The Complicated Path From Decking to Dirt
Code expert Glenn Mathewson takes a closer look at the evolving code provisions for deck boards, joists, beams, posts, and foundations.
Synopsis: Decks were once an afterthought in the International Residential Code, but no longer. There is now a nearly complete package of prescriptive structural design. This installment of Know the Code dives into code provisions and recent/upcoming changes, such as post and foundation sizing guidelines for beams with long spans, and decreased bearing area for footings.
As a collector of vintage code books, I perused my stockpile before I sat down to write this column and picked up the oldest and closest thing I could find related to decks: a 1958 Popular Mechanics hardback titled Outdoor Living Rooms. Though chapter five is titled “Floors,” there was no mention of elevated outdoor floors like decks or porches, just paver-type systems. Surprising as it sounds, structural code provisions for decks weren’t introduced in model codes until four decades after that book was published, and even then, it wasn’t until the 2009 edition of the International Residential Code (IRC) that a fastening schedule for deck ledgers was included. Prior to that, the only direction given for their attachment was a prohibition on “nails subject to withdrawal.”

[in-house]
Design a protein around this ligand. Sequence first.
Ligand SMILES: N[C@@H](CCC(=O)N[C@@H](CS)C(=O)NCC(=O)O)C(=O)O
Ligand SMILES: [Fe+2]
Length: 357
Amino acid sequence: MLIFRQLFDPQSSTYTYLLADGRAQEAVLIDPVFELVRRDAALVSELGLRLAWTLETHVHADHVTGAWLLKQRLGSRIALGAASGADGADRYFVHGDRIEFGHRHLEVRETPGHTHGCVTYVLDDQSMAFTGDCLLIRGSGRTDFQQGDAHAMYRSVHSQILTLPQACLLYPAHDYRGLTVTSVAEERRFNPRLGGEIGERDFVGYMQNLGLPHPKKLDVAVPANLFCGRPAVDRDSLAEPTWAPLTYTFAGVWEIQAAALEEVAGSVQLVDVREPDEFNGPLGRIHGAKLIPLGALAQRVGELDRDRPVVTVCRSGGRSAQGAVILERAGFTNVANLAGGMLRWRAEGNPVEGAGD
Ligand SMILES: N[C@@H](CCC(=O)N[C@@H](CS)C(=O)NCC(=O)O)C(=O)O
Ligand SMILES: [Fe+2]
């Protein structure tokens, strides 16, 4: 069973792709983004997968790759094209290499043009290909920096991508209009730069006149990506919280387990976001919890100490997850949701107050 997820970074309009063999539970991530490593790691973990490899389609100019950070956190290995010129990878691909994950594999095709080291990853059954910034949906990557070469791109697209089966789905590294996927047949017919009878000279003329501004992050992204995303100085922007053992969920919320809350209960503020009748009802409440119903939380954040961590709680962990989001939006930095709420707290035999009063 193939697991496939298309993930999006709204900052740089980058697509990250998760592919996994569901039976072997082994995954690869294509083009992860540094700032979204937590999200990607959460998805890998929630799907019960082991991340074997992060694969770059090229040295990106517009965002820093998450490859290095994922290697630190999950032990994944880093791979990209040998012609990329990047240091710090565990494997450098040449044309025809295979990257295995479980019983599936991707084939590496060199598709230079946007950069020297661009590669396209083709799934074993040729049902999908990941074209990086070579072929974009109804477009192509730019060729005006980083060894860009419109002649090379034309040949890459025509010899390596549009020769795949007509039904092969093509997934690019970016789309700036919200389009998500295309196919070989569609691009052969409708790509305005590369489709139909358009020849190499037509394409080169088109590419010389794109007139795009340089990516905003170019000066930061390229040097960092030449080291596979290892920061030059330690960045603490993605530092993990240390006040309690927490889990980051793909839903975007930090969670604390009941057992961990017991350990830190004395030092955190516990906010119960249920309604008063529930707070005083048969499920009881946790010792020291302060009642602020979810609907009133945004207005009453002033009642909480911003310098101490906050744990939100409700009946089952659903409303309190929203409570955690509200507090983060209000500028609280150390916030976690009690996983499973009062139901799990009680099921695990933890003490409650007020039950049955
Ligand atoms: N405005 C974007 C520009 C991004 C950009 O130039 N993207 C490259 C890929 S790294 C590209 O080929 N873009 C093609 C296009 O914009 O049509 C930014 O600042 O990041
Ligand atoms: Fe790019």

Fast-forward a decade and decks are no longer an afterthought in the IRC, which now provides a nearly complete package of prescriptive structural design. For those who groan at the thought of more codes getting in the way of their plans, this critical quote found in section R104.11 should bring some comfort: “The provisions of this code are not intended to prevent the installation of any material or to prohibit any design or method of construction not specifically prescribed by this code.” Instead, the deck code provisions are meant to assist in proper construction and add to the arsenal of potential deck designs, not take away options. Very little of what’s been added are “prohibitions.”
I say the IRC deck provisions are “nearly complete” because there is still a lot of research and work to be done on guards, handrails, and stairs. But from the decking down to the dirt—including everything in between—the IRC provides a clear, albeit evolving, path to follow.